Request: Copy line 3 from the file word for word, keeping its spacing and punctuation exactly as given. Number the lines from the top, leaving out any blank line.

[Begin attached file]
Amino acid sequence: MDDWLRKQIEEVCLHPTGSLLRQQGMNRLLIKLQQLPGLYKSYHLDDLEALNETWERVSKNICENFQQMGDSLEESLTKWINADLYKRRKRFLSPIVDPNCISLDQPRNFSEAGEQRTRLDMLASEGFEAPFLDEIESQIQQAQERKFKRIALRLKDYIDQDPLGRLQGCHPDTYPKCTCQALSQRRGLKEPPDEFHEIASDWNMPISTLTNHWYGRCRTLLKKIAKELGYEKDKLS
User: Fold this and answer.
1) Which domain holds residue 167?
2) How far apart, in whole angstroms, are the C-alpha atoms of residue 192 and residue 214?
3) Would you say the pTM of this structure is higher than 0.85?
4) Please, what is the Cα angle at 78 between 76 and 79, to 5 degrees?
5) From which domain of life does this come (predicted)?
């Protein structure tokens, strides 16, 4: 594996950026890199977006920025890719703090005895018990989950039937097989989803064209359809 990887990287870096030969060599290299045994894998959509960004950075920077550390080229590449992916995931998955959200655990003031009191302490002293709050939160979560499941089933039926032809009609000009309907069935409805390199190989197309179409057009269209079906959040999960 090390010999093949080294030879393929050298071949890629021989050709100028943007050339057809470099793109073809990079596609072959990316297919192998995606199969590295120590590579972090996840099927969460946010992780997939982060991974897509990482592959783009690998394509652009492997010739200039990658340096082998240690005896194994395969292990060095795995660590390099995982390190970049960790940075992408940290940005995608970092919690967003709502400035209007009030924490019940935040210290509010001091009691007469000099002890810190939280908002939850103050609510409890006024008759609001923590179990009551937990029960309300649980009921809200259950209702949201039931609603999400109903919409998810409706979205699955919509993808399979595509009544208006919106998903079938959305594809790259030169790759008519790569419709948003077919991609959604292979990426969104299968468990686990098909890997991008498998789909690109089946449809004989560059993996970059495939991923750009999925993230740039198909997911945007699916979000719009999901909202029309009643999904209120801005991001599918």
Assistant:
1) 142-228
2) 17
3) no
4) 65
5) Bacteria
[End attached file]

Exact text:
1) Which domain holds residue 167?